House prices

Prices for house rentals in Malta

For many years the Maltese rental market was constrained by rental regulations. In the years prior to 1995, the Maltese property market experienced excess property demand. This forced owners to rent their vacant property at below market prices or sell their property. Many landlords have followed the second course of action, resulting in a stronger tendency for landlords to sell their property rather than rent it.

It was only when the market was liberalized in 1995 that rental prices began to rise, with the lessor and the lessee being able to negotiate and therefore influence the price of the rented property.

The rental price developments that have prevailed in this liberalized market since 2013 are captured by the rental housing price index. This Index represents the fruits of Grant Thornton’s collaboration with the real estate agency Dhalia. It is the only publicly available source of rental price information covering more than five years.

Source: ‘The Malta Property Landscape: A True Picture’, Grant Thornton and Dhalia, June 2022. Notes: *H1 reflects the first six months of the year, while H2 reflects the last six months of the year. 2022H1 data is through April.

Over a seven-year period to 2019, rental prices increased by 60%. To put things in perspective, a property rented at €500 per month in the 1st half of 2013 would be rented at €800 in the 2nd half of 2019. During this period, especially in 2016, a huge wave of foreigners moved in in Malta to look for a job. They mainly sought temporary residences and/or long-term rentals, contributing to the growth of the Index.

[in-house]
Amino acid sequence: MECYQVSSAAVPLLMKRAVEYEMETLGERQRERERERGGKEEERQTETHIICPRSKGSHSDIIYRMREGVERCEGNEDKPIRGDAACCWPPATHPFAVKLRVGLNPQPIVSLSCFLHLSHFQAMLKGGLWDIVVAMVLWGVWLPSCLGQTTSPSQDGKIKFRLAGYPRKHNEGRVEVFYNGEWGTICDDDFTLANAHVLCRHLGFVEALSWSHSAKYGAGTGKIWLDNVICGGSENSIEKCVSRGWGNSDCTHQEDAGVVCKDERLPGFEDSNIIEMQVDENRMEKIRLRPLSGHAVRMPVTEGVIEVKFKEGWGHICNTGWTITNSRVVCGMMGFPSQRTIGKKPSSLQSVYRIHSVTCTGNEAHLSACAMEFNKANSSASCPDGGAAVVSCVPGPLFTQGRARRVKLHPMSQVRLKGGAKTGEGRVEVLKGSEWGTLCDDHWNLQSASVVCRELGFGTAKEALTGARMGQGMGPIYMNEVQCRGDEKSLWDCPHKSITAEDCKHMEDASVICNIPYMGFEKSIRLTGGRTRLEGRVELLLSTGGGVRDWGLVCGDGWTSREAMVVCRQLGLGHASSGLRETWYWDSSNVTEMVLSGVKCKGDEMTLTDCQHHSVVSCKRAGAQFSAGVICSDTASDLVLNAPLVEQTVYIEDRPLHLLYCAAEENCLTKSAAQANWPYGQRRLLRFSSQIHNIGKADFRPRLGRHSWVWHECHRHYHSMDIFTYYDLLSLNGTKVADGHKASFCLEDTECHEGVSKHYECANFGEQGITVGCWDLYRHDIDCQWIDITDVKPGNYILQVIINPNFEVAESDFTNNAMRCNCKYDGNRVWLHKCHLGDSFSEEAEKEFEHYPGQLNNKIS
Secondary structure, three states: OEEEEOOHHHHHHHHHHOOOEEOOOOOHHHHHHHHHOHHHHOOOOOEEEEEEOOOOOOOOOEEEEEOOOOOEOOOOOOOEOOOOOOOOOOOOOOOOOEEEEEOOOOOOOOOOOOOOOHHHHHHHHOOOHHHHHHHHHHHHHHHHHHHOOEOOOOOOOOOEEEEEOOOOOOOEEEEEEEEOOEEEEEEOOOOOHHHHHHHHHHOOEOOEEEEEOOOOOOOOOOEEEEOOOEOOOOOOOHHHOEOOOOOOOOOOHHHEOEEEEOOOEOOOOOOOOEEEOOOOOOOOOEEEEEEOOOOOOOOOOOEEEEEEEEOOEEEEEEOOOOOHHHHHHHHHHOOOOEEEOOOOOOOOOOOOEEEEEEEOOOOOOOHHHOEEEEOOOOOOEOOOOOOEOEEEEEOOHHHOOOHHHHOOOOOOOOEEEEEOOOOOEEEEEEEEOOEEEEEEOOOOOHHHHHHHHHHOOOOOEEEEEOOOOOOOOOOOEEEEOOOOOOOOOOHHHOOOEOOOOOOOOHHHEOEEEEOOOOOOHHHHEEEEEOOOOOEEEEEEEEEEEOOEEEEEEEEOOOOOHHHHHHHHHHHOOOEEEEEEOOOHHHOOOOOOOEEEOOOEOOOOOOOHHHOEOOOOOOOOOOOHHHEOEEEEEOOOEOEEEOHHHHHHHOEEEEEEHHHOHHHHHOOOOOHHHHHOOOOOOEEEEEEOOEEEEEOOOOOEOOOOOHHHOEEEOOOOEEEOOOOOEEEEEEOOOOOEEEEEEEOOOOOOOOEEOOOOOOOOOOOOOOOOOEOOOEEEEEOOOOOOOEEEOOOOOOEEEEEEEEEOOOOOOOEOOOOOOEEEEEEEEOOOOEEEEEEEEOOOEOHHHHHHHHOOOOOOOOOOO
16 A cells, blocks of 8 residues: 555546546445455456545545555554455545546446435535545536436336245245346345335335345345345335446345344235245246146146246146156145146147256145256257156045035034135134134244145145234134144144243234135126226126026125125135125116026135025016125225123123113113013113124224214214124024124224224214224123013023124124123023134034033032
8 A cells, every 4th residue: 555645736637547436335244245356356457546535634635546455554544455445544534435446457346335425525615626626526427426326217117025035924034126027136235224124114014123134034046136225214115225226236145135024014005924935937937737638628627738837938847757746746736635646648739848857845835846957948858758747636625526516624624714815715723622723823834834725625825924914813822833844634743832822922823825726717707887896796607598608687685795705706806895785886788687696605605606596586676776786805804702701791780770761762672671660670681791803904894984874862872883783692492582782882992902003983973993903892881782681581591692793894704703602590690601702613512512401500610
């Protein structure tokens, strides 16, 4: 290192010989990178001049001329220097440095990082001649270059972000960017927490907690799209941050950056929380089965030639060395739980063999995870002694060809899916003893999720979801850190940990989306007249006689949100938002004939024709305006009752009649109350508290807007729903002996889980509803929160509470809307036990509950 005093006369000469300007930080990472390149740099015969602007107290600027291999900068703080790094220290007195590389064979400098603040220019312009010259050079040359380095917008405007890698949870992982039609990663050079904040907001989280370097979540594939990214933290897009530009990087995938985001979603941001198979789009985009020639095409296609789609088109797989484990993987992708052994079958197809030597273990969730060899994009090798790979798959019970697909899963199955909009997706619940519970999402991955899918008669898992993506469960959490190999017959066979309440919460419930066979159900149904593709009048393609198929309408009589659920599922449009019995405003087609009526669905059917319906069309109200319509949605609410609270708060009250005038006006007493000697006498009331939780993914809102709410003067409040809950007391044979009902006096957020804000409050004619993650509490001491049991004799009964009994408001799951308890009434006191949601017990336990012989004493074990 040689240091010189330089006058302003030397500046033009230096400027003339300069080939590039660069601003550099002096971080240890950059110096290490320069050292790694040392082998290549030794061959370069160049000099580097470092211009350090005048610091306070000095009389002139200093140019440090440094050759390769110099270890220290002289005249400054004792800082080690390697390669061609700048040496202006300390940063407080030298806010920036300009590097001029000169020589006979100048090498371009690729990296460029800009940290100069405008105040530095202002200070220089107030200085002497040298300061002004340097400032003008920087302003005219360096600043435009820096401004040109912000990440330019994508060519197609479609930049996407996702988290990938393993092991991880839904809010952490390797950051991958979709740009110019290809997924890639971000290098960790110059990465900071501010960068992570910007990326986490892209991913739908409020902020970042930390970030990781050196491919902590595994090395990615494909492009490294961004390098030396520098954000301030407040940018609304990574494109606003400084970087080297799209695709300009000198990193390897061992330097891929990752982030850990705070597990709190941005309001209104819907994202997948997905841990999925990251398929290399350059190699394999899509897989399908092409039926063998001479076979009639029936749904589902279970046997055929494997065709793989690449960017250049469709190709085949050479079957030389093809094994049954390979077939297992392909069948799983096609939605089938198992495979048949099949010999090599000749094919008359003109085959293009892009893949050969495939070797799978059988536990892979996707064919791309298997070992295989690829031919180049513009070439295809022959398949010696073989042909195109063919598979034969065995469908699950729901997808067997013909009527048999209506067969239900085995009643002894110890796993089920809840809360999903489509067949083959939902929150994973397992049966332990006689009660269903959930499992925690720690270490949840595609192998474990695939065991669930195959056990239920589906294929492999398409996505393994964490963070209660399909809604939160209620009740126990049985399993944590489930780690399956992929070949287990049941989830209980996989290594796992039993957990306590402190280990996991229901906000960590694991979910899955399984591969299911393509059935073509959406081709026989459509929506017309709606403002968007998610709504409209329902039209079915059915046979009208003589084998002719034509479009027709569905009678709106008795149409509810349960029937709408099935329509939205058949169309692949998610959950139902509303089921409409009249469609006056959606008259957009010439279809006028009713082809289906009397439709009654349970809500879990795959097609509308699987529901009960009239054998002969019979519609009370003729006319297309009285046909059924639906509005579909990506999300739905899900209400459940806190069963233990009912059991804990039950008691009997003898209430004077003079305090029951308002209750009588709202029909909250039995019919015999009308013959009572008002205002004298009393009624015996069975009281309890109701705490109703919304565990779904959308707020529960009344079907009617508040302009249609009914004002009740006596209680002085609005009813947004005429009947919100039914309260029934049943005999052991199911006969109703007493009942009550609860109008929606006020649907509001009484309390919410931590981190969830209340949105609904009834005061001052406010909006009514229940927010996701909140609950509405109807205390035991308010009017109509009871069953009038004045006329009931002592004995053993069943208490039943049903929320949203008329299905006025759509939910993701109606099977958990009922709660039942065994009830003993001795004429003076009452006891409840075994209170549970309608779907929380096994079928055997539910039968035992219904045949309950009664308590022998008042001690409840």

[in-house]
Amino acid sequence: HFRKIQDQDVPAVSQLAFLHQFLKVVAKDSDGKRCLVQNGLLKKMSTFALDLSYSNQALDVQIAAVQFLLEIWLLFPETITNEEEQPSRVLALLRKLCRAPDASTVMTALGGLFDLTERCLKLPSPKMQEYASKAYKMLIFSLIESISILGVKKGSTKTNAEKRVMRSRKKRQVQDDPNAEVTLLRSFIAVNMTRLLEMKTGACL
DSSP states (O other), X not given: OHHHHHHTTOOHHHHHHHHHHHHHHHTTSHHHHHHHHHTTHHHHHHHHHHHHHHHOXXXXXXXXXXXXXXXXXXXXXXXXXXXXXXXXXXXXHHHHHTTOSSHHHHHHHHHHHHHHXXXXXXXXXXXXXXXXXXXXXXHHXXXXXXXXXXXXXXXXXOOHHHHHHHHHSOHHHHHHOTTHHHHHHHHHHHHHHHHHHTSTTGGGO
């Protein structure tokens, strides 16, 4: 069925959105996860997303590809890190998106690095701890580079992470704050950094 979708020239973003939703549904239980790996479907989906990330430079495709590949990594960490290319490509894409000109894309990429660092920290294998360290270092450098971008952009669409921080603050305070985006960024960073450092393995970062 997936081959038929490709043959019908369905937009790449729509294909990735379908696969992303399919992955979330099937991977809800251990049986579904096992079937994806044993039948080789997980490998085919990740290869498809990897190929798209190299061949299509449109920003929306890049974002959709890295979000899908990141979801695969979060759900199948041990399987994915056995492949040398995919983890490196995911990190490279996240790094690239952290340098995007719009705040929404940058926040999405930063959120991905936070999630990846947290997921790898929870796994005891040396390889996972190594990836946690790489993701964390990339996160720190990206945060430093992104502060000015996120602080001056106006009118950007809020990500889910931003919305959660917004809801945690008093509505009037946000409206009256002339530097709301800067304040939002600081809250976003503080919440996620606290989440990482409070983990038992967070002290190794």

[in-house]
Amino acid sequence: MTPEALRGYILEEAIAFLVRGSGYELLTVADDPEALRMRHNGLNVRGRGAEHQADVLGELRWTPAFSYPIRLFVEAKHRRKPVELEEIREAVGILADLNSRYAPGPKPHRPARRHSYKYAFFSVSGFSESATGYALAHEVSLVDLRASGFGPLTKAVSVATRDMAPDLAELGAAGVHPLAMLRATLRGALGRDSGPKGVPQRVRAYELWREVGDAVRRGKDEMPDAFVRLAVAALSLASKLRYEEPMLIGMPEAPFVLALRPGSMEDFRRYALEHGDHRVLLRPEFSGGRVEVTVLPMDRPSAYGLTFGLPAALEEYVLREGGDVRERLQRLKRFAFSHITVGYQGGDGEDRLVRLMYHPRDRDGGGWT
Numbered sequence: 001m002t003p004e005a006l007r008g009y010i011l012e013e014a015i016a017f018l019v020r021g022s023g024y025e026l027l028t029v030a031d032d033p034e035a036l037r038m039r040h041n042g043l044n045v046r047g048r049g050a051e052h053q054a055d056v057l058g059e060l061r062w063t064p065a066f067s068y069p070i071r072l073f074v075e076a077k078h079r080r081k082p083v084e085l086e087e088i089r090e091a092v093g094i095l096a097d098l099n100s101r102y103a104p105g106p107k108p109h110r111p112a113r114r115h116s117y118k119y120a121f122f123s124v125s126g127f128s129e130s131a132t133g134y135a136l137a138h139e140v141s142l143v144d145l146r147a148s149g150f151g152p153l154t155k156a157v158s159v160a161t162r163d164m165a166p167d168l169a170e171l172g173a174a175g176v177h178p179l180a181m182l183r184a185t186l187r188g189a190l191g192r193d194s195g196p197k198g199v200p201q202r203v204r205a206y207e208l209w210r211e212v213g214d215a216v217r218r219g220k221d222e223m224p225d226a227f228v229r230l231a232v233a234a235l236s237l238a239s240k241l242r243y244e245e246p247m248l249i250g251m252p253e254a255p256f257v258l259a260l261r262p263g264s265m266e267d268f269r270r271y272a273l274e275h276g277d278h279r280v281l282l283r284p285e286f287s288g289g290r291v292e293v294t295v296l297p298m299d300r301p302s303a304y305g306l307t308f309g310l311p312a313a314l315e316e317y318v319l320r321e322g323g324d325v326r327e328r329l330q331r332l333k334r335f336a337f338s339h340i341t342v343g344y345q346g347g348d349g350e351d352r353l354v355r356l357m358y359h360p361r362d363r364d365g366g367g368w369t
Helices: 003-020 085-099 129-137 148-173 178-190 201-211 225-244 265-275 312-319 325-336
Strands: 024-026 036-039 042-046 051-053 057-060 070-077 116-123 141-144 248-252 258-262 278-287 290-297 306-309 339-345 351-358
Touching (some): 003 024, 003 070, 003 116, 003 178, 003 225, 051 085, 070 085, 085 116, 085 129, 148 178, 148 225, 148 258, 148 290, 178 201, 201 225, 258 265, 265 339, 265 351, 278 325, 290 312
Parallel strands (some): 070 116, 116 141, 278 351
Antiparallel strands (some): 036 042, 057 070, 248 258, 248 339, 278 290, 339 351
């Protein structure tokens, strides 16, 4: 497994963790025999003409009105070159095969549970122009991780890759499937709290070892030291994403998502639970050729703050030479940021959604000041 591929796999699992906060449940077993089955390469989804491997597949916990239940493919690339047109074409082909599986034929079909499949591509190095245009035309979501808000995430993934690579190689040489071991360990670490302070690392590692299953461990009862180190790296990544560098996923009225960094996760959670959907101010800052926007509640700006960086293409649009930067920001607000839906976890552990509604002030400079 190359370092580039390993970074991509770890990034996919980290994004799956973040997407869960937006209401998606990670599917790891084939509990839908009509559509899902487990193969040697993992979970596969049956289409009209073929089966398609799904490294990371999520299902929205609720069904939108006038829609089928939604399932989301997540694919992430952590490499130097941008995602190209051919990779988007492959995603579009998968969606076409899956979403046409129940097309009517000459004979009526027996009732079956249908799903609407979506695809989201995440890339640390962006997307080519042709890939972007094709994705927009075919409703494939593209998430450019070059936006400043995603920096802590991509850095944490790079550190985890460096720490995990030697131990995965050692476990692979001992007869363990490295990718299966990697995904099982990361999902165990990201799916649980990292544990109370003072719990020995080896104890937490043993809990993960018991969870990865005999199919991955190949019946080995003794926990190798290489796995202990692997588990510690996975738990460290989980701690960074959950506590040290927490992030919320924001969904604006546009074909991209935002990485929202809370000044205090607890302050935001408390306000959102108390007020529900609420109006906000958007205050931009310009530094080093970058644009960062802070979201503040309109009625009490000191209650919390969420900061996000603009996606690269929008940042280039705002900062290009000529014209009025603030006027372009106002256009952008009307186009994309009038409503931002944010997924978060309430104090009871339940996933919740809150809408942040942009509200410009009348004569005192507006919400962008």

The index should recover further

The impact of COVID-19 on rental market prices is evident. Before the pandemic, the rental price index peaked at 160 in the second half of 2019, followed by a steady decline until the first half of 2021 when the index fell to 134, representing a decline of 16%. It was the result of the nationwide lockdown and subsequent restrictions that were brought on by the pandemic. In the second half of 2021, rental prices started to recover. Six months later, rental prices were still 10% below pre-COVID-19 levels.

Overall, the index should continue to recover in line with general economic growth. In fact, more recent data covering May and June 2022 shows that rental prices have continued to rise.

Kristina Pisani, Economic Advisor at Grant Thornton

The ‘Malta property landscape: a true picture’ is a bi-annual publication bringing together Dhalia’s high-quality property market data and Grant Thornton’s analytical expertise. The report provides in-depth analysis and timely information on developments in the Maltese property market to enable policy makers, businesses and property investors to make informed choices. For more information on the report, please visit https://www.grantthornton.com.mt/malta-property-landscape

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